Shut up and focus: The impacts of AD/HD

by Emma Rose Kraus
Journalism Intern

Much of the rhetoric surrounding Attention Deficit/Hyperactivity Disorder (AD/HD) still hinges on the idea of the random, butterfly chasing child, who almost always is disregarded as just a way of explaining infantile behavior and not a real disorder in the slightest.

But in reality, AD/HD is documented and defined by its symptoms, many deriving from impairment of executive functioning and a lack of dopamine in the brain.

“The best way to describe it is like trying to move through a thick fog,” Says Victoria Clary, a graduating art BFA and aspiring LGBTQ children’s books writer and illustrator. Clary has been diagnosed with inattentive AD/HD since before starting second grade. She currently lives un-medicated due to medications’ cost and the long difficult process for even those who have the disorder to receive access to it.

“I think it would be easier, in some ways, to be like, ‘here’s the way it hasn’t impacted my life’,” Clary reveals. “It really affects all of my work flows, all of my processes: in my everyday life, in work, in school; in the way that I have to schedule my time, or notremember to schedule my time. I’ve had to definitely learn ways to work around it or work with it.”

AD/HD comes in three forms: hyperactive, inattentive and combined. It also has three severity levels: mild, moderate and severe. These can change throughout a person’s lifetime. It is also defined by the American Psychiatric Association’s DSM-V – a diagnostic manual - as being a “debilitating” disorder that affects every aspect of a person’s life, even into adulthood.

But while these serious symptoms must begin in early childhood, there are many, especially girls, who do not end up diagnosed until late teens and even adulthood.

“My brother got diagnosed when he was younger and I started to wonder if I had it,” said Jessica Rae Knowles, who was diagnosed at 17. “It was harder to pay attention in school and it always took me longer to learn things.

“I got on medication and I didn’t like it,” admits Knowles, explaining it made her anxious. “But the first day I took it we had an assignment and usually I’d just stare around the room; just think, be in my ‘la la land’, but I realized I was doing [the assignment] really fast and at a good pace. I realized, ‘Okay, this medication is working.’

“But then I got off Soonercare at 19 and I couldn’t afford the medication anymore,” she remembers. “So [my doctor] put me on Strattera and I didn’t think the results were as good so I just kind of stopped taking it.”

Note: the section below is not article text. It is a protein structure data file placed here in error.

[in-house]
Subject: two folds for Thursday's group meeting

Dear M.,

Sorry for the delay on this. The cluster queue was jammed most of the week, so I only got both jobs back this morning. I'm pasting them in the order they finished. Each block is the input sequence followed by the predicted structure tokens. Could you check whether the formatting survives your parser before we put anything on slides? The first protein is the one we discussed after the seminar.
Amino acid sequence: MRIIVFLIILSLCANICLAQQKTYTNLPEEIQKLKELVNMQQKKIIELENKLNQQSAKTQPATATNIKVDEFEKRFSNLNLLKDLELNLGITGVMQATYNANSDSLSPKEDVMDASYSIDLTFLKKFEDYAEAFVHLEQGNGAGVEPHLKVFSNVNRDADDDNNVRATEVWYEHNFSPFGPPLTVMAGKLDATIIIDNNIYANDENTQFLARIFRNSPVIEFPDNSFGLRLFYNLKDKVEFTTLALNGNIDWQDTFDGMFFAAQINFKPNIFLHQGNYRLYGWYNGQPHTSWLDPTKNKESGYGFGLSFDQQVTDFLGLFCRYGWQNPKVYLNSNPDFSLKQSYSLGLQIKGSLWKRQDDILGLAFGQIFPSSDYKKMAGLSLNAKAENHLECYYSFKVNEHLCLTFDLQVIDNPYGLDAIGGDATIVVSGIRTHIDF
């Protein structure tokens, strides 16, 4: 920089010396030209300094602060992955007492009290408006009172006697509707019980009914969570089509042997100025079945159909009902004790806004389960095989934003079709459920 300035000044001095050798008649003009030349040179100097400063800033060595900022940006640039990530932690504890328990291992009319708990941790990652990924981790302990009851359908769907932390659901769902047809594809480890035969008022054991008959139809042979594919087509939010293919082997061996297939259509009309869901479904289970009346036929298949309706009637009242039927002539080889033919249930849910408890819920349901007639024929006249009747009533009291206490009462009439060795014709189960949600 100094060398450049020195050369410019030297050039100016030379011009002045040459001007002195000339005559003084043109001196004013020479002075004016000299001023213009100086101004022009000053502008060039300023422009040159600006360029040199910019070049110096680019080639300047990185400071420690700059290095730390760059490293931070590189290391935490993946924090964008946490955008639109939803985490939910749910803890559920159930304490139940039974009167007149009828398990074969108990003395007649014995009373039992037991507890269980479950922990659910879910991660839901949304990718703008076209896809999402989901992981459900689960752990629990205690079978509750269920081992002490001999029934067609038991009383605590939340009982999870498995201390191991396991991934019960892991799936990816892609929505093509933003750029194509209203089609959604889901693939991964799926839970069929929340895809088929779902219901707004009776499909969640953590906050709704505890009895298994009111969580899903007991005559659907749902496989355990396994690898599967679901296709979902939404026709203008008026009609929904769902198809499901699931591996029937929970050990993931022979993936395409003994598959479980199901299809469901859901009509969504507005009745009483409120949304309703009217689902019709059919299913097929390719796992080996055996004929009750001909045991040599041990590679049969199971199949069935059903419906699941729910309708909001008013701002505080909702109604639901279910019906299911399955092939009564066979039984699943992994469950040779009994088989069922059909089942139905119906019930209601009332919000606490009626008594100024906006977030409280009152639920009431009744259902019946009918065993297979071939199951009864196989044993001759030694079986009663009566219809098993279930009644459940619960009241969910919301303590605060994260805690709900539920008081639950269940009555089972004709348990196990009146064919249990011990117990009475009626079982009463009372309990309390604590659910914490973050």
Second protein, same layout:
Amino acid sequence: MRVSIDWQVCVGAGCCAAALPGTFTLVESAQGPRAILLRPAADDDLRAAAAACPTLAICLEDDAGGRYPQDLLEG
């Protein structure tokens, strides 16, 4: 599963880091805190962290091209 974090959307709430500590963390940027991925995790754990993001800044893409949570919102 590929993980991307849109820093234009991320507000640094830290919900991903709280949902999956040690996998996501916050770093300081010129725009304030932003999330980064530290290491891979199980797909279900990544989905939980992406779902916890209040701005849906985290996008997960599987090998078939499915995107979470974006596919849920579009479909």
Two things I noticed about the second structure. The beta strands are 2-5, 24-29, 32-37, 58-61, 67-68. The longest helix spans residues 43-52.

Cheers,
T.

Problems with medication are common for those with AD/HD, just as social, organizational and emotional problems also arise. ADDitude magazine and CHADD, the national resource on AD/HD, both mention unhealthy relationships with food (i.e. eating disorders), compulsive talking and other behaviors, depression and anxiety to be just a fraction of the negative effects of AD/HD and society’s view of it on those who must deal with it every moment of their lives.

“I have to make lists because I can’t keep everything in order in my head,” says Knowles. “In big groups, I get lost and I stop caring really until I hear one thing interesting, selectively, and I’ll ask what we’re talking about and they’ll say, ‘We just said that’.”

Along with impaired executive functions, Psychology Today and other sources also link AD/HD to a crippling lack of self-esteem.

“It’s called rejection sensitive dysphoria,” says Clary. “We’re socialized as we grow up, ‘You need to focus more,’ ‘You can do better,’ ‘This wasn’t good enough,’ ‘Why didn’t you get an A?’ ‘You’re smarter than this,’ and at a point it becomes devastating.

“It moves past disheartening into devastation and becomes something that you cannot get rid of and so all of your work is held against this, ‘I could have done better.’ So, when people later in life give you criticism, no matter how well meaning they are, they say, ‘This is good, but it could be better’ - instant devastation.”

AD/HD is much more impactful than we as a society like to believe and, until we understand that fact, people with AD/HD will continue to be at a higher risk of suicide (which, in young children, is more often linked to AD/HD than depression), eating disorders, feelings of isolation, depression and addiction.

“AD/HD is like an elephant in the middle of a room,” Clary says firmly. “You always have to work and live your life around it.”

Copyright 2017 The Gayly - 5/7/2017 @ 12:17 p.m. CDT